In 1998, then Tengku Idris (later Sultan Sharafuddin) of Selangor sued a company, Dikim Holdings in the High Court. In 1999, when his father, Sultan Salahuddin was elected as the Yang di-Pertuan Agong (Paramount Ruler) of Malaysia, Tengku Idris was appointed as Regent of Selangor. The case was referred to the Federal Court on whether the Regent is considered a ruler, which the court replied in the negative. In 2001, Sultan Salahuddin died and Tengku Idris ascended the Selangor throne. The case was referred to the Federal Court again, which the court ruled that the High Court had lost jurisdiction over the case, and the case must be withdrawn and refiled in the Special Court. In both cases, only the Special Court had authority to exercise jurisdiction over the rulers, whether they were to be tried or intended to try another party.[44]

The Yang di-Pertuan Besar of Negeri Sembilan, Tuanku Ja’afar became the first ruler to have judgement made against him in the Special Court, whereby he was ordered to settle US$1 million in debts he had owed to a bank.[45] The landmark verdict prompted his oldest son, the Regent of Negeri Sembilan, Tunku Naquiyuddin to advocate the restoration of rulers’ immunity during a speech in November 2008. This raised concerns among the public, in view of the history of past royal excesses, but specifically the Gomez incident. Tunku Naquiyuddin, however, added further that immunity to rulers should not be extended to cases when rulers commit acts of criminality, such as assault.[46]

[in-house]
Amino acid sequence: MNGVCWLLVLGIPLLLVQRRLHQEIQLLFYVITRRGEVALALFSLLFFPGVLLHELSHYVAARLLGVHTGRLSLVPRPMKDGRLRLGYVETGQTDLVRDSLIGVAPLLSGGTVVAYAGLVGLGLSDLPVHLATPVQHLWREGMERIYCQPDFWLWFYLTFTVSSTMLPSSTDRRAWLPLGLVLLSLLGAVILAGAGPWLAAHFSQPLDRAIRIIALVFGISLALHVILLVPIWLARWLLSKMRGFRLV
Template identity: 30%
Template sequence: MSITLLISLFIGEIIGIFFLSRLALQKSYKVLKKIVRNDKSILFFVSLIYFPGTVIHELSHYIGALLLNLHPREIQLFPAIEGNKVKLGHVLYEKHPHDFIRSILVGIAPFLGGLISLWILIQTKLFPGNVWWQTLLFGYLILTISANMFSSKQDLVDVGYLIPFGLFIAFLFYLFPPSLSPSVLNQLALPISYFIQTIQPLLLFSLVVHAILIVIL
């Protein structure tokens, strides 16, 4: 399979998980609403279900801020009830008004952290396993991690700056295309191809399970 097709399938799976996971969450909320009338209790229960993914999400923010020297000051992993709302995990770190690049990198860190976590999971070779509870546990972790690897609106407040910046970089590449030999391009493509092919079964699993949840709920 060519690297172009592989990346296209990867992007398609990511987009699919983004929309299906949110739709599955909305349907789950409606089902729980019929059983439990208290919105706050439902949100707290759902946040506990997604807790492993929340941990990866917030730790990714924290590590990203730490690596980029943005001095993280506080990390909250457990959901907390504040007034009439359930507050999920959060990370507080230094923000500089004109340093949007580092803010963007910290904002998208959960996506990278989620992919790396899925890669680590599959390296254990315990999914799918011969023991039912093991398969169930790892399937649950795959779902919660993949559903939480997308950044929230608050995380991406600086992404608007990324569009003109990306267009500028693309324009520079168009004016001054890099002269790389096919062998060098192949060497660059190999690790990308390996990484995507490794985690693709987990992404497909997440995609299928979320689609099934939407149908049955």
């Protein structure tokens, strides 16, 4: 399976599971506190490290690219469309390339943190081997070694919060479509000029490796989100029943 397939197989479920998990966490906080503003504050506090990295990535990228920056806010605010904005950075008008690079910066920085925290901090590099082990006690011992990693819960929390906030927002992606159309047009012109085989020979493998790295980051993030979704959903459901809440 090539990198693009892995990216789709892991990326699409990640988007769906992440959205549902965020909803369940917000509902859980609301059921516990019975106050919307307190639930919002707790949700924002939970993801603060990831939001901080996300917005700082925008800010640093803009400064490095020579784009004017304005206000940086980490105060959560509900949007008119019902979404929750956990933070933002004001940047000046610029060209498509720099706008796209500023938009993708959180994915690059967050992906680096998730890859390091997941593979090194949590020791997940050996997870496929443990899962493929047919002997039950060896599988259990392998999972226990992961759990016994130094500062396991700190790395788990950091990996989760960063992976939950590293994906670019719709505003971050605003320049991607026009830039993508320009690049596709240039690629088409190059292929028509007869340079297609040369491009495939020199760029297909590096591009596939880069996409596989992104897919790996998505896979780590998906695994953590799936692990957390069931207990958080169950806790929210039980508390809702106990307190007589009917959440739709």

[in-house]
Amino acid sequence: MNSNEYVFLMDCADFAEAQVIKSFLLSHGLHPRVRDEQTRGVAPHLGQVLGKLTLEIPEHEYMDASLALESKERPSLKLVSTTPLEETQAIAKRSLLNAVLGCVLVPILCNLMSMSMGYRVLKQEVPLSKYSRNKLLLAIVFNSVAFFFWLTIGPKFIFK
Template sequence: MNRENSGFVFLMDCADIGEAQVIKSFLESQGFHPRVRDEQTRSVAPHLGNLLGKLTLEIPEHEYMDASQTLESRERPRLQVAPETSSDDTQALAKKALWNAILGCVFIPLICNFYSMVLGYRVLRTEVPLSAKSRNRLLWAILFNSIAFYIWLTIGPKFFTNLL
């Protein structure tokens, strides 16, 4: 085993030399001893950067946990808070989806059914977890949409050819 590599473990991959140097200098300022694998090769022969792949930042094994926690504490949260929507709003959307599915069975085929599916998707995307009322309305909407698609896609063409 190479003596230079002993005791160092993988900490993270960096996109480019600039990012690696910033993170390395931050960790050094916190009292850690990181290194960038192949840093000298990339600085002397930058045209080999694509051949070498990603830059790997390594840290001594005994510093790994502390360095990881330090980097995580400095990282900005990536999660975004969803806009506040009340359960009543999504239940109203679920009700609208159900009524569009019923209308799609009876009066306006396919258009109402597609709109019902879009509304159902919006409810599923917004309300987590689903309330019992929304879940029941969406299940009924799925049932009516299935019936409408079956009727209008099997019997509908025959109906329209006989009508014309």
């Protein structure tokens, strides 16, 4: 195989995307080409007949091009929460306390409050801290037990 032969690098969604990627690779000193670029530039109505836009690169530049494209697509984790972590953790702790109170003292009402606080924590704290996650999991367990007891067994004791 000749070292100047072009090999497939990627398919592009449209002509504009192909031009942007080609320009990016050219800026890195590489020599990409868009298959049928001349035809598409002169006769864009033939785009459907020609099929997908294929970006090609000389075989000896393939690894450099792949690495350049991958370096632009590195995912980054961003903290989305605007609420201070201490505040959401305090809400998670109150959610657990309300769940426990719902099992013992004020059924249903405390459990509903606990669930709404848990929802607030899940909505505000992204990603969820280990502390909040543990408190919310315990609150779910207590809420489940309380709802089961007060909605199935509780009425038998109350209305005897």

For the Notes and article:


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#812: 300 silat group members march to Istana Negara to submit memo but the NST says THOUSANDS…

8 December 2018










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Backs to the wall for a desperate Lynas…

7 December 2018